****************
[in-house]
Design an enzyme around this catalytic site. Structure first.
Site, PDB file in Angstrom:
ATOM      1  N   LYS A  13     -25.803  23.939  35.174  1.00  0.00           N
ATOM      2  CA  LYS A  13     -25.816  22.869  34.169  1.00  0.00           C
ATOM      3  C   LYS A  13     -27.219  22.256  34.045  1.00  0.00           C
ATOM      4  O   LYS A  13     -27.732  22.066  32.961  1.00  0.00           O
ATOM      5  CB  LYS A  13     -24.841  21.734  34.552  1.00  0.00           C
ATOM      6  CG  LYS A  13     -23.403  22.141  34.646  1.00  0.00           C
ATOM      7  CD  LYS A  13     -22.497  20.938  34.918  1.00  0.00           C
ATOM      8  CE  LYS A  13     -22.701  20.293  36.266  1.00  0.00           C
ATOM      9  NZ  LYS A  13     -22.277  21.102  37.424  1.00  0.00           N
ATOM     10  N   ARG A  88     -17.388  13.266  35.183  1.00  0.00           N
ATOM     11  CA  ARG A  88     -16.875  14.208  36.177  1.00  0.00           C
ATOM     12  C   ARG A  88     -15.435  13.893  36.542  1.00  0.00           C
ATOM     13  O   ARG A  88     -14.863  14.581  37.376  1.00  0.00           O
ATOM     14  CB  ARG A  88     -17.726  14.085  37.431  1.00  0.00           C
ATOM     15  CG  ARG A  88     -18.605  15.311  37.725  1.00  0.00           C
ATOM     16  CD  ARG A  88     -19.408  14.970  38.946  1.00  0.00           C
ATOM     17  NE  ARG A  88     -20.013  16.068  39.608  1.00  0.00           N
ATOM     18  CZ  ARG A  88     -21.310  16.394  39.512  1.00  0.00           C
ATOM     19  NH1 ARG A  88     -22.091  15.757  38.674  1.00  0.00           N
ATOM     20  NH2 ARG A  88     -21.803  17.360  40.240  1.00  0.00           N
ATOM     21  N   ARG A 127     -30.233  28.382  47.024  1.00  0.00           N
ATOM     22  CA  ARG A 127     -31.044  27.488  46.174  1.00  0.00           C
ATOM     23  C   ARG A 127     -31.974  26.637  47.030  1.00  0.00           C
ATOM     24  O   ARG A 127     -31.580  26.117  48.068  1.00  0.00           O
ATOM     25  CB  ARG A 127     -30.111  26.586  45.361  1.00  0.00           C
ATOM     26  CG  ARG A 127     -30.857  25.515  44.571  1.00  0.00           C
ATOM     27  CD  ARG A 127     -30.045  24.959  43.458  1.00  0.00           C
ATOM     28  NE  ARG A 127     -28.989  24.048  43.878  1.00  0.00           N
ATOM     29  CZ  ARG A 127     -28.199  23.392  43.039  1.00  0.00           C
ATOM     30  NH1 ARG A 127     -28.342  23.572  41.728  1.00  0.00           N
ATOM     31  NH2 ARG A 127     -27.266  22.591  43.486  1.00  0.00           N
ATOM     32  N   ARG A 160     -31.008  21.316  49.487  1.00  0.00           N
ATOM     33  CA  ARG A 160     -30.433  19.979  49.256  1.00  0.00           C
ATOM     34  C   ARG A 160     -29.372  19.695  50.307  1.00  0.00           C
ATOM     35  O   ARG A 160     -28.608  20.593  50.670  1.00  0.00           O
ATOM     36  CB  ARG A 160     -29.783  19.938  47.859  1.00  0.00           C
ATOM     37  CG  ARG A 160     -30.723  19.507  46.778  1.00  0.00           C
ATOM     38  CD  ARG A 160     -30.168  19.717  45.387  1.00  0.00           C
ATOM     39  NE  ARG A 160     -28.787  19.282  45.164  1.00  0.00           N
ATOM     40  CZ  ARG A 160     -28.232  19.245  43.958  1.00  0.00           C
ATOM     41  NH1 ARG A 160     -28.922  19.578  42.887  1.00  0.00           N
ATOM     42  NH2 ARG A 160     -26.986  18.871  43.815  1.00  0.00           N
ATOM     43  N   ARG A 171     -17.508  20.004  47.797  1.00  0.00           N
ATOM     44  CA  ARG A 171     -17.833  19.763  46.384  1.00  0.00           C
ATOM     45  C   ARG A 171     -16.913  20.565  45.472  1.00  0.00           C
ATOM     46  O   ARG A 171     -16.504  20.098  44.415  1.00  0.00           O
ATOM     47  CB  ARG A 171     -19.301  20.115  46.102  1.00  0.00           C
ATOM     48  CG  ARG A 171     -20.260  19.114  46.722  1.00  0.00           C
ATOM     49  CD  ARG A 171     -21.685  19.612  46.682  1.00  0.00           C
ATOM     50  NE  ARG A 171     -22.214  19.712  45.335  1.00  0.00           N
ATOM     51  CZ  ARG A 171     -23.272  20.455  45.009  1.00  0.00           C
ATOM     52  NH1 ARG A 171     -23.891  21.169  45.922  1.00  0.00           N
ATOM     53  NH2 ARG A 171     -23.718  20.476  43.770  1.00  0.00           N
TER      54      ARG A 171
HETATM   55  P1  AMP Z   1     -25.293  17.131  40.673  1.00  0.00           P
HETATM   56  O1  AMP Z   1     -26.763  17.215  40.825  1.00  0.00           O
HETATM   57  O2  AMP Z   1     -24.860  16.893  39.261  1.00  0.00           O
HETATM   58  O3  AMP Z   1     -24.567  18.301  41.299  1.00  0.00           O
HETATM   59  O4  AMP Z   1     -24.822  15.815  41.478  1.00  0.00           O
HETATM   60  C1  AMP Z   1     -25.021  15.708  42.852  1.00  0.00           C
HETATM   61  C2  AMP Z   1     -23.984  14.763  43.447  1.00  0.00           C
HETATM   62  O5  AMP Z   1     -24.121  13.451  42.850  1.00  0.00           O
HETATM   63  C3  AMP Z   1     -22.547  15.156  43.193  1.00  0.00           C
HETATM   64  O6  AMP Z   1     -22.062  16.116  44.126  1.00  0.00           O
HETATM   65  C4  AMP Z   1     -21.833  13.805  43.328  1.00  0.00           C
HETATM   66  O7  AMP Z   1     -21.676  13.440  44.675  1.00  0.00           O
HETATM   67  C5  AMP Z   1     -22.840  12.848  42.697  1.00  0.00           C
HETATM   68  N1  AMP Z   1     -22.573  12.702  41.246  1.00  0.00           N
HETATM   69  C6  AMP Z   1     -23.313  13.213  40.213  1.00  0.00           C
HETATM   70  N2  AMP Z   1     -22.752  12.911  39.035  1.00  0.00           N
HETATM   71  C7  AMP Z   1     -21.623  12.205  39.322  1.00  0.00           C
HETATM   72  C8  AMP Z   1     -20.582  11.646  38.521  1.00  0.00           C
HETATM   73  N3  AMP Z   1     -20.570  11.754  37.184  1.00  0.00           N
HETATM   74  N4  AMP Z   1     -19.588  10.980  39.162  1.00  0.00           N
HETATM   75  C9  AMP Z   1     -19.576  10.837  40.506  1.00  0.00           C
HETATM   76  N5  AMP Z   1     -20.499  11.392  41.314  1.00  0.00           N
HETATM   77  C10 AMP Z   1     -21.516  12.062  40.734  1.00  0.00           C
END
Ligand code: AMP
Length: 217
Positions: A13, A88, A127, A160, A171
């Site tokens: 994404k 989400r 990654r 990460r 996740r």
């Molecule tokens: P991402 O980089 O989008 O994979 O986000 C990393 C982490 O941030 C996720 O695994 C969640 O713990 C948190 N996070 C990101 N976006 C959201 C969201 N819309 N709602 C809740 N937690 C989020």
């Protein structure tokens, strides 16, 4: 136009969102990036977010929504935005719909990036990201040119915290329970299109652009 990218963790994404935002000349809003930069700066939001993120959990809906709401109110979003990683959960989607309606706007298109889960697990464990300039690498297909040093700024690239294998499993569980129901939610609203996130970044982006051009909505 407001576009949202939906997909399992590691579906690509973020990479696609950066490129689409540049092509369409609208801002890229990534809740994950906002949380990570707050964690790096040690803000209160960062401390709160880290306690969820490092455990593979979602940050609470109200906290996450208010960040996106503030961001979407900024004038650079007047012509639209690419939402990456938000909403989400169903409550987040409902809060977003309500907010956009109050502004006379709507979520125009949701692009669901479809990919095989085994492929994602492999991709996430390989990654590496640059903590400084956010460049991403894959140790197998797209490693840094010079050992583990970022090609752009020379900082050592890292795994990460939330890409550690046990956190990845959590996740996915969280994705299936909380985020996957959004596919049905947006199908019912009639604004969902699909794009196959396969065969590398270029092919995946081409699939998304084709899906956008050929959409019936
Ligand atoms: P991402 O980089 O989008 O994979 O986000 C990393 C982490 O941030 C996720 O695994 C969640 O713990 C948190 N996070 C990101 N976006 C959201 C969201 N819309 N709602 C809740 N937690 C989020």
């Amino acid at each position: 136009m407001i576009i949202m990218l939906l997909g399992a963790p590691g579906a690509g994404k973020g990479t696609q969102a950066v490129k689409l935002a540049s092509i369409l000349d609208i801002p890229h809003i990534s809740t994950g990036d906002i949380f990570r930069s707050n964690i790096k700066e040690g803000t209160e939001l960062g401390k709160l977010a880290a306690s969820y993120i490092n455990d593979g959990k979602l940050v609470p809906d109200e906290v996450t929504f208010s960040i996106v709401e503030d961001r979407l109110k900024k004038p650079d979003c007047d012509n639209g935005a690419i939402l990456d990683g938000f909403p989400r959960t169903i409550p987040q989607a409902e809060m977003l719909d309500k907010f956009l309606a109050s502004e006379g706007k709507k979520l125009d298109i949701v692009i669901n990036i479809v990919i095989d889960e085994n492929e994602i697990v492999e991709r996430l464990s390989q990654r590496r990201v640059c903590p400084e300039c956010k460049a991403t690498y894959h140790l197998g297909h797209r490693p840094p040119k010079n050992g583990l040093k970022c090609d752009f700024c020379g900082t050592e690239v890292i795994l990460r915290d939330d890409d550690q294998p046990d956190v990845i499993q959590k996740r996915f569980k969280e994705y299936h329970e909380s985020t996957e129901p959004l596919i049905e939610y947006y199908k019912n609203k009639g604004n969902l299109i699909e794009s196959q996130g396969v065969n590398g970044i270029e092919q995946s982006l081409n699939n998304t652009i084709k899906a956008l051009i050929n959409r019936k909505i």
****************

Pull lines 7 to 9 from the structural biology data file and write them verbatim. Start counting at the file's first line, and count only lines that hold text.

ATOM      4  O   LYS A  13     -27.732  22.066  32.961  1.00  0.00           O
ATOM      5  CB  LYS A  13     -24.841  21.734  34.552  1.00  0.00           C
ATOM      6  CG  LYS A  13     -23.403  22.141  34.646  1.00  0.00           C